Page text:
A Columbus-born artist’s legacy will live on through Black artists living in her own home.
The Columbus Museum of Art is hosting a housewarming event Friday at the former residence of Aminah Robinson, an artist from Columbus who died in 2015. The housewarming follows renovations completed in Robinson’s home as a part of the Aminah Brenda Lynn Robinson Legacy Project, an effort created by the Columbus Museum of Art which seeks to preserve and present her work, according to its website.
The project includes the Aminah Robinson Fellowship and Residency program, both given annually to Black artists. The residency was created by the museum in partnership with the Greater Columbus Arts Council with the goal of nurturing emerging and established Black artists in Robinson’s home, Melissa Ferguson, director of marketing and communications at the art museum, said. The resident will stay in Robinson’s home and have access to her home studio, according to the Columbus Museum of Art’s website.
“Aminah Robinson is someone that many of us at the museum knew and loved,” Ferguson said. “This project is something that is very important to both the museum, the Arts Council, and the Columbus community.”
Robinson not only received the MacArthur Fellowship in 2004 — which is given to people of outstanding talent to pursue their own creative, intellectual and professional inclinations and includes a $625,000 stipend, according to the fellowship’s website — but Robinson was also able to leave her impression on the youth in Columbus during her lifetime. She worked with Columbus Public Library, Columbus Parks and Recreation and was an art instructor. Her love for the community is depicted in her book “A Street Called Home,” which depicts her life and the people who lived in her community of Poindexter Village in East Columbus, Lyn Logan-Grimes, friend and mentee of Robinson, said.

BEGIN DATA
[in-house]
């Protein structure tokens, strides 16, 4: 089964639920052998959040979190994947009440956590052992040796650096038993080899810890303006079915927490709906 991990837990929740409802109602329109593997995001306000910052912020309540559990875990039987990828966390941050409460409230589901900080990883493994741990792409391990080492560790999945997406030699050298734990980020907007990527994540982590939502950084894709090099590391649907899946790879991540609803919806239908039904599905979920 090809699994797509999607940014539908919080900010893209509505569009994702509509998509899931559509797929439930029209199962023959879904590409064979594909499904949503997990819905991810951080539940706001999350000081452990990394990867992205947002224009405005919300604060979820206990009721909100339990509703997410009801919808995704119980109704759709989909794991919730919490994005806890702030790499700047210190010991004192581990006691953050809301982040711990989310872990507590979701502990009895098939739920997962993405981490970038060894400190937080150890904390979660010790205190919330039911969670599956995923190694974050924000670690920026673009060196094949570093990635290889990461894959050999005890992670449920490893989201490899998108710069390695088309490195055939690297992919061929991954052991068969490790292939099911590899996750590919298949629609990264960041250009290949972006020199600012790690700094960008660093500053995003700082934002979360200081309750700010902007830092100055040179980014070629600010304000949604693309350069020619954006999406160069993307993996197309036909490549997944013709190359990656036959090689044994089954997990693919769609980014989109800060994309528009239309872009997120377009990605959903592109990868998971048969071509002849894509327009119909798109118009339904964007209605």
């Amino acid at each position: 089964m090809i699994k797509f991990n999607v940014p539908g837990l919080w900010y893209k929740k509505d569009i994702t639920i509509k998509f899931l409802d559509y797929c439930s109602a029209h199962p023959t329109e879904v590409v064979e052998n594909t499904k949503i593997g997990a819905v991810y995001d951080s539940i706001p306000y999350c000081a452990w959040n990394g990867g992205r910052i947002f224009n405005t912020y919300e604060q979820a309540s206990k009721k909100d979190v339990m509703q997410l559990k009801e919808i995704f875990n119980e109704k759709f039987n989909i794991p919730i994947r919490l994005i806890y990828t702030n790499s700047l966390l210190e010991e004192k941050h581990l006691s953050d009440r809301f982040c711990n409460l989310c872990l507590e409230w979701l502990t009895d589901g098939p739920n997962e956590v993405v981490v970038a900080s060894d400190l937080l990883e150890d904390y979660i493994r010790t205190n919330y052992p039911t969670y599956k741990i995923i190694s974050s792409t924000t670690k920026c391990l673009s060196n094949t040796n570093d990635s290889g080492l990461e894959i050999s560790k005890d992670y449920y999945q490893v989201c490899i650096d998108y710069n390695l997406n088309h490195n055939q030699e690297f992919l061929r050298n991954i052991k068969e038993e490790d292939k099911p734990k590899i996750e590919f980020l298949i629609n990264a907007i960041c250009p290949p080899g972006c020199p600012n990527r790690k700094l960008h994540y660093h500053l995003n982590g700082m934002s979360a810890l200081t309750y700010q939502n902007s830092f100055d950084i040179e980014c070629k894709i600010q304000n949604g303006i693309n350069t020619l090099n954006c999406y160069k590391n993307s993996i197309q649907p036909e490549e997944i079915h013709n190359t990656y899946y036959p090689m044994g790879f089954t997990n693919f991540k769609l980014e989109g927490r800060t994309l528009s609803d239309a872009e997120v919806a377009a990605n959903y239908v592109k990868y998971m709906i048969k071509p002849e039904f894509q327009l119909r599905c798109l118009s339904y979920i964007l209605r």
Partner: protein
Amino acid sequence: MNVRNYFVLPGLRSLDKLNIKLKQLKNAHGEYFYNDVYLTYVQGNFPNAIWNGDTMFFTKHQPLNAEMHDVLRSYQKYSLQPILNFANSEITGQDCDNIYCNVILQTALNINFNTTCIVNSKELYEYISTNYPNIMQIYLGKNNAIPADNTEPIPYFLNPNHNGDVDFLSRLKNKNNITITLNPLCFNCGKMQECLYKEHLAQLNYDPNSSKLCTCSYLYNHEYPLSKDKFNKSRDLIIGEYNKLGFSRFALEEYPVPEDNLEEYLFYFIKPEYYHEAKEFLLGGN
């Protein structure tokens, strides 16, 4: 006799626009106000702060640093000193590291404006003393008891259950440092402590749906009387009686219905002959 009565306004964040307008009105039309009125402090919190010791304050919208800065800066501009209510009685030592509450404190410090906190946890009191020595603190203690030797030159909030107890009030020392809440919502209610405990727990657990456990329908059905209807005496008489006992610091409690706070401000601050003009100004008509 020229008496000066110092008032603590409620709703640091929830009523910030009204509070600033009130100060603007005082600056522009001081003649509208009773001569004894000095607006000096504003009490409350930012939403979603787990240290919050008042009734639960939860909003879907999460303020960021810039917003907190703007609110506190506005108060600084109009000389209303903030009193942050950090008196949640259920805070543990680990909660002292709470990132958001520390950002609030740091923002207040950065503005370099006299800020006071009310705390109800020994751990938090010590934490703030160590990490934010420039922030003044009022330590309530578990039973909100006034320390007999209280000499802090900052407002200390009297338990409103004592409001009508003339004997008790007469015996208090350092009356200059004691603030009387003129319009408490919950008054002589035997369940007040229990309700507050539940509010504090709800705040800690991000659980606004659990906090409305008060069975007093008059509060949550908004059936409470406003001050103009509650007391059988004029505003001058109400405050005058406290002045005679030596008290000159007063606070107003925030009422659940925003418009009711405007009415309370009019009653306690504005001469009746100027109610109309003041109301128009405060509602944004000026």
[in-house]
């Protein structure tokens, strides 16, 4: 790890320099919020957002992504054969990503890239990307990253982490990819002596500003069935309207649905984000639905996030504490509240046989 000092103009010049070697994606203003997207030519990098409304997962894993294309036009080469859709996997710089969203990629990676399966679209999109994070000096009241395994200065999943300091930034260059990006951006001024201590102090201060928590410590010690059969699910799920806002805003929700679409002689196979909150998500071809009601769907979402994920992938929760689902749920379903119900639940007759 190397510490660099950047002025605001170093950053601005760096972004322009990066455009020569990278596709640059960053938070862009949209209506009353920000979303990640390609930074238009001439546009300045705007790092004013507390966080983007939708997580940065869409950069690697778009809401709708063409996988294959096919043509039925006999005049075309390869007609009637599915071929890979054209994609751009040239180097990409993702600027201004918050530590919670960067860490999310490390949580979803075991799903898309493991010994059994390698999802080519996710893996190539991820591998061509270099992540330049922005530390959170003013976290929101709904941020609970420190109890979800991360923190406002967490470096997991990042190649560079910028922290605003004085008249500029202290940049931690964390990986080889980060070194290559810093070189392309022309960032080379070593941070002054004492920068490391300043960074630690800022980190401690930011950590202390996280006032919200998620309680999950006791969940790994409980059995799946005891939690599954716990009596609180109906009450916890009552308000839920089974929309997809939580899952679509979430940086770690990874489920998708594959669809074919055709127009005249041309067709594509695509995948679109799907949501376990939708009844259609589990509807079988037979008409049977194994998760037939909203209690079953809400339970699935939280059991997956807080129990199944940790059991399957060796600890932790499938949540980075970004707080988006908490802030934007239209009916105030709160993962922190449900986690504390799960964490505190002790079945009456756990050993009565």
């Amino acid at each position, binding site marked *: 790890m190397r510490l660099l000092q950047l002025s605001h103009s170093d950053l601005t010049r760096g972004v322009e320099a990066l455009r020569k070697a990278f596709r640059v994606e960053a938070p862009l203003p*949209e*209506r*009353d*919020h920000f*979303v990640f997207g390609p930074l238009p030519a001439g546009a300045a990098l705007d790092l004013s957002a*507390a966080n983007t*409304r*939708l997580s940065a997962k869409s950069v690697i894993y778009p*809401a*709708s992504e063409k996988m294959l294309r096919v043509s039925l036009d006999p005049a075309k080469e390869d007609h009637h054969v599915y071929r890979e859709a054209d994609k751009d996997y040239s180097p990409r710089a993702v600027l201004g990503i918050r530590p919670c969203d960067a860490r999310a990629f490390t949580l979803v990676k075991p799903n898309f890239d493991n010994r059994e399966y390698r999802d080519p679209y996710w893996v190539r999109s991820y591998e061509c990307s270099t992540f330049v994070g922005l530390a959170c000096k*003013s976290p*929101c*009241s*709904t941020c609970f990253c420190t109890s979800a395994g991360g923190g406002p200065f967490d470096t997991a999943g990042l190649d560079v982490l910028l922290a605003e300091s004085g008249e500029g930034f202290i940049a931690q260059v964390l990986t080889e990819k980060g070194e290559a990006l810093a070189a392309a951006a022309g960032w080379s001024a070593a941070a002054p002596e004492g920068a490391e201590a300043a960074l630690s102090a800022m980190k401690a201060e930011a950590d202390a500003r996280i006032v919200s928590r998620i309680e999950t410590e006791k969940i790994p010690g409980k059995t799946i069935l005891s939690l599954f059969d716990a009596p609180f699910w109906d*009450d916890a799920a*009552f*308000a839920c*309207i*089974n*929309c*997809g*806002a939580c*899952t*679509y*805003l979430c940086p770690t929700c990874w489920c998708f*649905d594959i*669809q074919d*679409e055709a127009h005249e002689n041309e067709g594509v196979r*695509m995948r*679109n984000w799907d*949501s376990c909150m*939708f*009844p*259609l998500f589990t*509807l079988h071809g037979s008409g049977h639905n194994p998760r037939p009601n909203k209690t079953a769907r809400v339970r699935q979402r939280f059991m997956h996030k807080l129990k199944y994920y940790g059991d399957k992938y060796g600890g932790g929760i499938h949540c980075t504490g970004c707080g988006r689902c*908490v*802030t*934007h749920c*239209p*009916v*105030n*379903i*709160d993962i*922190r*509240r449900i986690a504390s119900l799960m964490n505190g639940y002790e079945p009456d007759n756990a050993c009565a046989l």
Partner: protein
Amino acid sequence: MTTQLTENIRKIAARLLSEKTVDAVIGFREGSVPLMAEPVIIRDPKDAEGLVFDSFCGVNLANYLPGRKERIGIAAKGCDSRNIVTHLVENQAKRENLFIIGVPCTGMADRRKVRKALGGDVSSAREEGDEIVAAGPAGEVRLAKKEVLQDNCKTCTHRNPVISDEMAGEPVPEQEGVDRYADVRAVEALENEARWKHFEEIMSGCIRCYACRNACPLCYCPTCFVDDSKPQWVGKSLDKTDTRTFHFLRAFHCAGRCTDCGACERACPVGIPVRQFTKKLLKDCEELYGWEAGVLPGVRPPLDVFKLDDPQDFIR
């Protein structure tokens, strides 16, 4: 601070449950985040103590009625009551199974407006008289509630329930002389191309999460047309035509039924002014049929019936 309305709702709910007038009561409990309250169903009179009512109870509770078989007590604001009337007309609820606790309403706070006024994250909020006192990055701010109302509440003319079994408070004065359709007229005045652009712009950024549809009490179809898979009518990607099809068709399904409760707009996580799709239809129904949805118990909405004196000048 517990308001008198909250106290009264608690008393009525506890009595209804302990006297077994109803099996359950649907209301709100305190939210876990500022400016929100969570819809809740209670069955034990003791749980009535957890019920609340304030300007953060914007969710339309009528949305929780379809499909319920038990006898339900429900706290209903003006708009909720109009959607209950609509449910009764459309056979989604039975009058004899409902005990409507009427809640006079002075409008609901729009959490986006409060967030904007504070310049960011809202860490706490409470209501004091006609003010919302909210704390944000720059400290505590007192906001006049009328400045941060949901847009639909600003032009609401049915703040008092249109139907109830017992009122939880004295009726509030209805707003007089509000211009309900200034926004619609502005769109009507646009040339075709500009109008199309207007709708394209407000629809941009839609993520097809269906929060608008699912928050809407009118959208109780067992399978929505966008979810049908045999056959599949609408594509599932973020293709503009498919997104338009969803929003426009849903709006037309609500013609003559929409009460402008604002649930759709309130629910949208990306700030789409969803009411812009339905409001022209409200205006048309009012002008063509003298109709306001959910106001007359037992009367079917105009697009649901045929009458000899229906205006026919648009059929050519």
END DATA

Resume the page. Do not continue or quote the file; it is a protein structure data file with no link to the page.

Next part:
Logan-Grimes said that Robinson would use household items, materials or anything at her disposal to create her artwork. Her work included rag paintings, paintings on cloth and sculptures made from “Hogmawg,” made up of mud, sticks and glue, according to the Columbus Museum of Art’s website.
“I remember at one point, she was using her own hair in her pieces,” Logan-Grimes said. “She’s a creative and she was willing to experiment and use whatever materials were available to her.”
Logan-Grimes believes that Robinson’s greatest characteristic was her authenticity.
“Her authenticity was her gift, and to me that’s what drew people to her. And I would hope that other artists, especially young artists, would understand that it’s okay to be you and to be authentic in your work,” Logan-Grimes said. “Be okay with yourself.”
Ferguson said that a virtual tour of Robinson’s home will be available on the Columbus Museum of Art’s website next week for anyone who is unavailable to attend Friday’s event.
The event is from 3-4 p.m. and will include various speakers as well as a tour of Robinson’s home. A livestream of the event will take place on the Columbus Museum of Art’s YouTube channel, Ferguson said. Those interested can RSVP here.